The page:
Abu Dhabi: Developing countries are to be offered renewable energy resources at an affordable price, thanks to a UAE programme, the 11th World Renewable Energy Conference (WREC) in Abu Dhabi heard on Sunday.
Mohammad Al Bowardi, Secretary General of the Executive Council of Abu Dhabi Emirate and Managing Director of Environment Agency — Abu Dhabi (EAD) said: "Abu Dhabi Future Energy Company — Masdar — has invested in the financial and human resources necessary to achieve its goals and to face the challenge of providing renewable energy sources at a cost that can be available to developing countries."
The five-day conference, being held under the patronage of Shaikh Hamdan Bin Zayed Al Nahyan, the Ruler's Representative in the Western Region and Chairman of the EAD, is to help protect energy supply without damaging the environment, and improve renewable energy information and education. More than 500 scientists, researchers and experts from 92 countries are attending the conference, which has been organised by the EAD and the World Renewable Energy Network (WREN) in the UK. It will end on Thursday.
Al Bowardi said in his inaugural speech that Abu Dhabi and the UAE would like to become one of the world's leading countries in its transition towards sustainable development.
"Today not only do we host the International Renewable Energy Agency, we continue to preserve our fragile biodiversity, protect our native species from extinction and raise environmental awareness," he said.
Al Bowardi said: "The concept of sustainable development is based on three essential pillars: economic development, social development and environmental sustainability. When we develop our emirate's strategy and policies, we aim to maintain an important balance between these areas. Abu Dhabi Vision 2030 also reflects the importance we've given to environmental sustainability," he said. He stressed that "The UAE, like the rest of the world, believes in the importance of shifting towards sustainable urban planning for cities, and the creation of technologies to generate renewable energy to ensure the reduction of irrational exploitation of fossil energy sources".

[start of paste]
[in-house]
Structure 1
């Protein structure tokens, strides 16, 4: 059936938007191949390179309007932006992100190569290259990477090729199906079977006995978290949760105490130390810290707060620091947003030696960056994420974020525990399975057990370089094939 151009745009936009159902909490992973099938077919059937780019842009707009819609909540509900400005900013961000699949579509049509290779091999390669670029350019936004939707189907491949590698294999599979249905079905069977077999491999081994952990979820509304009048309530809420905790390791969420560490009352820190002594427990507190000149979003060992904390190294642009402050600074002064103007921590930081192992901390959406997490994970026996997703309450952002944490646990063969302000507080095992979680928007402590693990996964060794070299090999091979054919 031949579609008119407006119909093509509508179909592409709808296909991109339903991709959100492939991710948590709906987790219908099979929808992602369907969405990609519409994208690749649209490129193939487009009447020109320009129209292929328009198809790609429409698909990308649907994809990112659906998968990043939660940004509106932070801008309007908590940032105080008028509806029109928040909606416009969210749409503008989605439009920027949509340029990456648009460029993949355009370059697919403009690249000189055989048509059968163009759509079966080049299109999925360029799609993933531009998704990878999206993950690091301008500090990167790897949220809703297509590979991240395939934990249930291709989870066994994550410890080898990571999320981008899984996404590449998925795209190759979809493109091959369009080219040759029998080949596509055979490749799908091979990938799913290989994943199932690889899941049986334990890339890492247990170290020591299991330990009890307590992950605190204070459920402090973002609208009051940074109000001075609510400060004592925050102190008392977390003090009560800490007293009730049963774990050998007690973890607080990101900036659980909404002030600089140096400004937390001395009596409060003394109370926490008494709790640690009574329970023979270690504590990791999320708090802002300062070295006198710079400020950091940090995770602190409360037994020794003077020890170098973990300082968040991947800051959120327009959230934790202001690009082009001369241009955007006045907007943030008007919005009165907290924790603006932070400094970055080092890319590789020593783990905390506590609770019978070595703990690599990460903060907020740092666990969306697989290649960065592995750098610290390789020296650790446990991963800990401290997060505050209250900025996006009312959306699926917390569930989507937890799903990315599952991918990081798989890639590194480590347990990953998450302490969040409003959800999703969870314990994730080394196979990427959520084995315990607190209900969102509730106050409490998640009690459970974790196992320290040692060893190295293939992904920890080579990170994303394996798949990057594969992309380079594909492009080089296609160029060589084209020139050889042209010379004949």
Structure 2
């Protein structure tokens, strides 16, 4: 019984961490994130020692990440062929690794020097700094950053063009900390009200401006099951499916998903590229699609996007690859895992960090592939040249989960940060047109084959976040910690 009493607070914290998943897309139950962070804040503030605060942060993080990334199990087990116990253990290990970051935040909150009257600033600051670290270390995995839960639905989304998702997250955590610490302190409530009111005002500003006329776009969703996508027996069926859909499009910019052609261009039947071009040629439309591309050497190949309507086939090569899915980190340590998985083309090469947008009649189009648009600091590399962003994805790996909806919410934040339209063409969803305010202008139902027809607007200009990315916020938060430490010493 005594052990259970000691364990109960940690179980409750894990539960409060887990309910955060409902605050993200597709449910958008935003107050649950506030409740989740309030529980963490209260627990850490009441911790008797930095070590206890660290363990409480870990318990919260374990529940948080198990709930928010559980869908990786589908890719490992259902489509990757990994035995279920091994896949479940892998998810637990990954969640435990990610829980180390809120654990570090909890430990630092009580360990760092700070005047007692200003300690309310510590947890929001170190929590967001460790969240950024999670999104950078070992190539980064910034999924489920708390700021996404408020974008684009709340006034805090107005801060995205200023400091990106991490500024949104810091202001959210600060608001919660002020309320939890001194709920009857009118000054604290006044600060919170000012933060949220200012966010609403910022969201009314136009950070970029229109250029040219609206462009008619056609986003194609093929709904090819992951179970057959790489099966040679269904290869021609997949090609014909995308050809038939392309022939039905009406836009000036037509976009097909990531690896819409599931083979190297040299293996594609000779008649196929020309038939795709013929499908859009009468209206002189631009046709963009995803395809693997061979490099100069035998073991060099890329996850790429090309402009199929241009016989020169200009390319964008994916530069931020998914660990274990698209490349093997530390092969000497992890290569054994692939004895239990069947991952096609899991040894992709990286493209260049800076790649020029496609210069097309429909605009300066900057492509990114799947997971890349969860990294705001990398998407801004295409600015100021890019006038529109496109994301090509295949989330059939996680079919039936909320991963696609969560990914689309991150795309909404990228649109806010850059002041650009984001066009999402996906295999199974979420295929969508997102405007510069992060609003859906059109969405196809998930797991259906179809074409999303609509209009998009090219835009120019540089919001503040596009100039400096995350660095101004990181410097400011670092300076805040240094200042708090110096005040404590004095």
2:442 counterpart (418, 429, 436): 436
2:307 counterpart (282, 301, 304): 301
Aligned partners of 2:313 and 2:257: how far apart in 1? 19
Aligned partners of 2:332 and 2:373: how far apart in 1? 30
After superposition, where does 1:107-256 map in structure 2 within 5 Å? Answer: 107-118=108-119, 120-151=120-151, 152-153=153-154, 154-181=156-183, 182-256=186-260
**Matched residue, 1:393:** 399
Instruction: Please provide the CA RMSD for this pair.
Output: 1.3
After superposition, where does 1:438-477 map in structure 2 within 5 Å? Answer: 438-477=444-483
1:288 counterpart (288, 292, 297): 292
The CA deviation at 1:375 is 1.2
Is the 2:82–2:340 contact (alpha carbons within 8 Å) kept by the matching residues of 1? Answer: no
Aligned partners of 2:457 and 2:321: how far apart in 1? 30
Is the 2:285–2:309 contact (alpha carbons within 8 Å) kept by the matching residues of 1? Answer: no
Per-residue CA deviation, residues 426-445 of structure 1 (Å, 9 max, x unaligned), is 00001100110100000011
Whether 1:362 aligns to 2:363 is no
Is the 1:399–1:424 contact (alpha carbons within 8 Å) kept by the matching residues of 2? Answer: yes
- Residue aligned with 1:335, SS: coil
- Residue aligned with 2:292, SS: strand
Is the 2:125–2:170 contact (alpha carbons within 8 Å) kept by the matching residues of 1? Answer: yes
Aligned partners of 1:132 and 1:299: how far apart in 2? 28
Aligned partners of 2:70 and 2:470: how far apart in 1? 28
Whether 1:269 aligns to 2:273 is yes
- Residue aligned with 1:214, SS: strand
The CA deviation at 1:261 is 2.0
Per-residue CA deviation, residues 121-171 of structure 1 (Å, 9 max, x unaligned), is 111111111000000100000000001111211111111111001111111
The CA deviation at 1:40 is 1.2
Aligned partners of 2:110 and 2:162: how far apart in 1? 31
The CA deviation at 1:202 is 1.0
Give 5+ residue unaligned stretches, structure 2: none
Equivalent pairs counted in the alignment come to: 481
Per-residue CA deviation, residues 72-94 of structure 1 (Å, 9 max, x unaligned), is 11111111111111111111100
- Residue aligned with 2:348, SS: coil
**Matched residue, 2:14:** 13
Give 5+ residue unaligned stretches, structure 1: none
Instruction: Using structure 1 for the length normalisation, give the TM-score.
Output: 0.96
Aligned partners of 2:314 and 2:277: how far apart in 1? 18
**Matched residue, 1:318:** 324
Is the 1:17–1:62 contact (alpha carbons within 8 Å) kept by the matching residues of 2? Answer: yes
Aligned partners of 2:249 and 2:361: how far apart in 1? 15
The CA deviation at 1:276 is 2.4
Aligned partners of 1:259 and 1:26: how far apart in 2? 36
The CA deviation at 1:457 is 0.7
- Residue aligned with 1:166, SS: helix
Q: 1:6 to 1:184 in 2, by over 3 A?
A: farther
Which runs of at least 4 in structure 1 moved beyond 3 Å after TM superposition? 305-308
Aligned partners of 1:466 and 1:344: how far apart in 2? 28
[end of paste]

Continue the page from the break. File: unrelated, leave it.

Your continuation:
He said the UAE has taken the necessary steps to achieve international standards when it came to environmentally friendly buildings and renewable energy.
World Renewable Energy Conference chairman Professor Ali Sayegh said at the opening session: "World Renewable Energy Network was established in 1990 with a founding membership of 22 countries.
"Twenty years later we have 158 countries. This is our 20th anniversary and it is happening in the country which had completely embraced renewable energy by having the largest renewable energy city in the world — Masdar," he said.
Professor Ali Sayegh said: "The formation of Masdar by General Shaikh Mohammad Bin Zayed Al Nahyan, Crown Prince of Abu Dhabi and Deputy Supreme Commander of the UAE Armed Forces, gave a signal to the world that Abu Dhabi, an oil exporter, is setting a unique example up and showing the young generation that care of the energy through clean energy — renewable sources — is the way forward to suitable future for all generations to enjoy."
Projection: Double-digit growth
By 2050, about 50 per cent of world's energy needs could be met by renewable energy, said interim Director General of the International Renewable Energy Agency (Irena) Helene Pelosse, at the conference. The global consumption of renewable energy is currently 18 per cent, she said.
Pelosse said there could be double-digit growth rates of photovoltaic (solar cell) and wind power in the coming years, when it was expected that 60 per cent of new energy sources in Europe would come from renewable energy.
Pelosse said there were six main sources of renewable energy: bio-energy (agricultural and industrial residues, waste, forests, energy crops), geothermal, hydropower (large and small), ocean (wave, tidal, osmosis, thermal), solar (photovoltaic, solar thermal) and wind (on-shore and off-shore).
In 2009, sources of renewable energy were: large hydropower (920 gigaWatts), wind (159 gW), small hydro power (85gW), biomass power (54gW), grid-connected solar photovoltaic (21gW), geothermal power (11gW), concentrated solar power (0.7gW) and tidal power (0.3gW), she said.